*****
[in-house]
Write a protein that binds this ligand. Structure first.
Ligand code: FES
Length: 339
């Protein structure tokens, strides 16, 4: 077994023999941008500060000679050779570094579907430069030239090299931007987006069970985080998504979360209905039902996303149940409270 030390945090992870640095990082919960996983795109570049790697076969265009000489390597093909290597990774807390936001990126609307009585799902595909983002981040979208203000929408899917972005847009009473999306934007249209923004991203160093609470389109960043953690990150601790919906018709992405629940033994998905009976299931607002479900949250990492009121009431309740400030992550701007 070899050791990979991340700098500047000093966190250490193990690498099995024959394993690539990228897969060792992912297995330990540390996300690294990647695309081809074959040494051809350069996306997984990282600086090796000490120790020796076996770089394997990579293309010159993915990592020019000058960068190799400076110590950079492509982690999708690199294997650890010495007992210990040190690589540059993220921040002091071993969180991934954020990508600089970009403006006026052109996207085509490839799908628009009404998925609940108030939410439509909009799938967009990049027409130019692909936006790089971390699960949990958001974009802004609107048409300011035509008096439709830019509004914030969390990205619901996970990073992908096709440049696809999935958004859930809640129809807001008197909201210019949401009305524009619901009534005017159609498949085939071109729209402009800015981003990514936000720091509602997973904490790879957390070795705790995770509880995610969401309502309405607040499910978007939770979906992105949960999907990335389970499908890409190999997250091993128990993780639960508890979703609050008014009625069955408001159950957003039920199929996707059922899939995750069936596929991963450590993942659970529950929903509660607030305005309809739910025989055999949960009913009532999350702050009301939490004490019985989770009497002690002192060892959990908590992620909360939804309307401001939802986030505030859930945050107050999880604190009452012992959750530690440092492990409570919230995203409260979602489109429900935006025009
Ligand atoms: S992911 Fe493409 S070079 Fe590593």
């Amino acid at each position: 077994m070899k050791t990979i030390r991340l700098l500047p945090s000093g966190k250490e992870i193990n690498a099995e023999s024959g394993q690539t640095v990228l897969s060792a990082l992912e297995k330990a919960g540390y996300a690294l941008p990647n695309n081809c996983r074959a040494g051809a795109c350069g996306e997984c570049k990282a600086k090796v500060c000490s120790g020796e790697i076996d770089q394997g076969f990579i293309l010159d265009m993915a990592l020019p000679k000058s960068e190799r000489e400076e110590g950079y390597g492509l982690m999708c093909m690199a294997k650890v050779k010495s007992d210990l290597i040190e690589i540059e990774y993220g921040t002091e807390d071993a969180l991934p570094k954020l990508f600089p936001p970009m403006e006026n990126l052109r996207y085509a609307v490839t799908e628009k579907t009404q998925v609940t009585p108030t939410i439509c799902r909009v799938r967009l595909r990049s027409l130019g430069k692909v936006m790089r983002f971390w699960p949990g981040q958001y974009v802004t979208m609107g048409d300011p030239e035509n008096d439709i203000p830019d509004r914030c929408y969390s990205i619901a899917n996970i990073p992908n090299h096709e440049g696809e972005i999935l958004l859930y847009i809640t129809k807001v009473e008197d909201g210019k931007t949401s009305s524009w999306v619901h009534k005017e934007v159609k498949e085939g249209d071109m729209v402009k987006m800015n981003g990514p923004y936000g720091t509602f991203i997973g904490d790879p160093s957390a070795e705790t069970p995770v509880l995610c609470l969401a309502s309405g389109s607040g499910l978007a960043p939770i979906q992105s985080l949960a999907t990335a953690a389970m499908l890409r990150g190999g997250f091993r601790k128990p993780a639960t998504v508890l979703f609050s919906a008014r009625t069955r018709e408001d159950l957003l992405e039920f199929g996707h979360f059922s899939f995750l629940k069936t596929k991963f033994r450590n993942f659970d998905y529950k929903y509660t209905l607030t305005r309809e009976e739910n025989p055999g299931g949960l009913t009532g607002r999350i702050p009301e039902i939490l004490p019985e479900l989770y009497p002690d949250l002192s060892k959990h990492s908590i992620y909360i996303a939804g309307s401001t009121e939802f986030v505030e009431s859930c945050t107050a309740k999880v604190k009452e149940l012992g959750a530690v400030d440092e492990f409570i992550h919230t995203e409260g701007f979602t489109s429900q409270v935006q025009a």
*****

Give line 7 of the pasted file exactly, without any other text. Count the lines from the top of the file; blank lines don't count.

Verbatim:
């Amino acid at each position: 077994m070899k050791t990979i030390r991340l700098l500047p945090s000093g966190k250490e992870i193990n690498a099995e023999s024959g394993q690539t640095v990228l897969s060792a990082l992912e297995k330990a919960g540390y996300a690294l941008p990647n695309n081809c996983r074959a040494g051809a795109c350069g996306e997984c570049k990282a600086k090796v500060c000490s120790g020796e790697i076996d770089q394997g076969f990579i293309l010159d265009m993915a990592l020019p000679k000058s960068e190799r000489e400076e110590g950079y390597g492509l982690m999708c093909m690199a294997k650890v050779k010495s007992d210990l290597i040190e690589i540059e990774y993220g921040t002091e807390d071993a969180l991934p570094k954020l990508f600089p936001p970009m403006e006026n990126l052109r996207y085509a609307v490839t799908e628009k579907t009404q998925v609940t009585p108030t939410i439509c799902r909009v799938r967009l595909r990049s027409l130019g430069k692909v936006m790089r983002f971390w699960p949990g981040q958001y974009v802004t979208m609107g048409d300011p030239e035509n008096d439709i203000p830019d509004r914030c929408y969390s990205i619901a899917n996970i990073p992908n090299h096709e440049g696809e972005i999935l958004l859930y847009i809640t129809k807001v009473e008197d909201g210019k931007t949401s009305s524009w999306v619901h009534k005017e934007v159609k498949e085939g249209d071109m729209v402009k987006m800015n981003g990514p923004y936000g720091t509602f991203i997973g904490d790879p160093s957390a070795e705790t069970p995770v509880l995610c609470l969401a309502s309405g389109s607040g499910l978007a960043p939770i979906q992105s985080l949960a999907t990335a953690a389970m499908l890409r990150g190999g997250f091993r601790k128990p993780a639960t998504v508890l979703f609050s919906a008014r009625t069955r018709e408001d159950l957003l992405e039920f199929g996707h979360f059922s899939f995750l629940k069936t596929k991963f033994r450590n993942f659970d998905y529950k929903y509660t209905l607030t305005r309809e009976e739910n025989p055999g299931g949960l009913t009532g607002r999350i702050p009301e039902i939490l004490p019985e479900l989770y009497p002690d949250l002192s060892k959990h990492s908590i992620y909360i996303a939804g309307s401001t009121e939802f986030v505030e009431s859930c945050t107050a309740k999880v604190k009452e149940l012992g959750a530690v400030d440092e492990f409570i992550h919230t995203e409260g701007f979602t489109s429900q409270v935006q025009a």